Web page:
Nigerian TV executive says former Rep. William Jefferson sought payments
by Bruce Alpert, The Times-Picayune
Wednesday June 24, 2009, 2:10 PM
ALEXANDRIA, VA. -- Former New Orleans Congressman William Jefferson sought a piece of a business deal in Africa that would have brought him up to $10 million over two years, a one-time Nigerian television executive testified today.
Dumebi Kachikwu, a part-owner of Nigeria Digital Television when Jefferson was trying to broker a deal with NDTV for the Kentucky-based iGate Inc. technology company, is a prosecution witness in the government's 16-count indictment of Jefferson on bribery, racketeering, conspiracy and other charges.
Kachickwu said the New Orleans Democrat first sought a share in the company or percentage of the revenue, but was told that was out of the question. Jefferson was then offered a deal in which he would get $5 for each of the converter boxes that iGate provided to unscramble cable-TV signals. Kachickwu said that would initially mean 200,000 boxes, but the business plan called for 1 million to 2 million boxes within the first two years. He said Jefferson found that acceptable.
But, in the afternoon, Kachikwu testified that Jefferson subsequently said he wanted more, and that Kachikwu's two partners went along. In a written document entered as an exhibit today, Jefferson represents that it was Kachikwu's partners who insisted on the more generous offering to him, but Kachikwu said, it was all Jefferson's idea.
Kachikwu said that his two partners ultimately traveled to the United States and delivered $100,000 to the congressman. The money was apparently in cash, as Kachikwu testified they had a little trouble getting thorugh customs.
This is not the $100,000 in cash, provided and marked by the FBI, that Lori Mody delivered to Jefferson on July 30, 2005, according to the proseuction, to be delivered as a bribe to Atiku Abubakar, then vice president of Nigeria. All but $10,000 of that money famously ended up in Jefferson's freezer when the FBI raided his home a few days later. The NDTV deal had fallen through long before then.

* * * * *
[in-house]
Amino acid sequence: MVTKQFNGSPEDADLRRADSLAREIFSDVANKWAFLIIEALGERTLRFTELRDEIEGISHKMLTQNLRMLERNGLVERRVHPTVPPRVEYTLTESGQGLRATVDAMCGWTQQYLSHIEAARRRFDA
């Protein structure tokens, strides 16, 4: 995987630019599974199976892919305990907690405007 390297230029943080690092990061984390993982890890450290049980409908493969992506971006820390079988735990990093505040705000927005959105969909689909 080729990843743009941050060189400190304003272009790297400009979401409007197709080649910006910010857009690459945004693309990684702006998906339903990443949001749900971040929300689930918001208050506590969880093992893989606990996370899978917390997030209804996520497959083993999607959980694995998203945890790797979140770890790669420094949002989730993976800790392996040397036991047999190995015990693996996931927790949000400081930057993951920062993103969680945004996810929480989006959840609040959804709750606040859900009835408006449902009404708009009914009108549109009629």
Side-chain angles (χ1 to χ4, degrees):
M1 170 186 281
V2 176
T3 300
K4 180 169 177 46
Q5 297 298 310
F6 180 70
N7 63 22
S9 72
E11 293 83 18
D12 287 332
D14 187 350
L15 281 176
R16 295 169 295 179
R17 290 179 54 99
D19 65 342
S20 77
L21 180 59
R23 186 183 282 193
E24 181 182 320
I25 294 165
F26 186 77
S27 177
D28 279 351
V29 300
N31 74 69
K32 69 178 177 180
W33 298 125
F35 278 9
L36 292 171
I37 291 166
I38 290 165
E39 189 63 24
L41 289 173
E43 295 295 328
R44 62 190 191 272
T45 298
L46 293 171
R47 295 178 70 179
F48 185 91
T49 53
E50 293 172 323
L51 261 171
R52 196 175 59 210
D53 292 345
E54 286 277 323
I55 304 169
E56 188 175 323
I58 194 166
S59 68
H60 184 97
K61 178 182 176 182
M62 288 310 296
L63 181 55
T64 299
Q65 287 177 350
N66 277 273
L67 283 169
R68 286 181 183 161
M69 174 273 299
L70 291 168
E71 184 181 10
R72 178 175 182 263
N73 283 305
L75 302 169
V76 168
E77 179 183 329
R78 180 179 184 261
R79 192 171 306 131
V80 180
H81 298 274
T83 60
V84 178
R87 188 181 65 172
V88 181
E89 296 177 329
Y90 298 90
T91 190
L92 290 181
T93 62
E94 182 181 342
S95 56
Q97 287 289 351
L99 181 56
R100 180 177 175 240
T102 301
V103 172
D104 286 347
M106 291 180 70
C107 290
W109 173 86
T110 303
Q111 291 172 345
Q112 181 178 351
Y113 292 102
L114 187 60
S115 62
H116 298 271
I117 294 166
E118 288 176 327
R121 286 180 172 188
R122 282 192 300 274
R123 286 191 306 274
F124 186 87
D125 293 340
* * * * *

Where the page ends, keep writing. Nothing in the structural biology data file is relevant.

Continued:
NDTV had partnered with iGate, but pulled out of the deal, sending a letter to Nigerian leaders accusing Jefferson of trying to grab shares in the company.
Kachickwu said he initially thought compensation for Jefferson was fair because he had brought all the parties together. But, he said he began to wonder if the congressman was trying to hide something when Jefferson asked him to form a company in Nigeria with his daughter or daughters to accept the money generated by converter boxes.
He testified that Jefferson said he could be of great help in getting the deal done because the then-president of Nigeria, Olusegun Obasanjo, "owed him a favor." Kachikwu said Jefferson said he had been instrumental in getting Nigeria off a list of countries identified as a serious source of illegal drug trafficking.
Kachikwu also testified that Jefferson encouraged NDTV officials to pay consulting fees to Maureen Scurry, then an employee of the Export-Import Bank. He said Jefferson urged that the company "work with her on the side" because she could facilitate financing for their projects.
Scurry was indicted in February of accepting a bribe from the company.
According to the indictment, Scurry, the bank's former business development specialist for Africa, was introduced to a Nigerian businessman who wanted her help securing financial support for his plan to deploy a telecommunications project by a Kentucky firm that Jefferson was promoting.
The businessman, identified in Nigerian legal documents as Otunba Fasawe, chairman of NDTV, agreed to pay Scurry $173,500 for her help.
A wire transfer of $100,000 was sent to Scurry's personal bank account in Washington, D.C., in 2004, what the Justice Department calls a first installment.
In an interview with Nigerian law enforcement officials published in a government "corruption report, " Fasawe said the payment was made for humanitarian reasons: because Scurry's brother had cancer.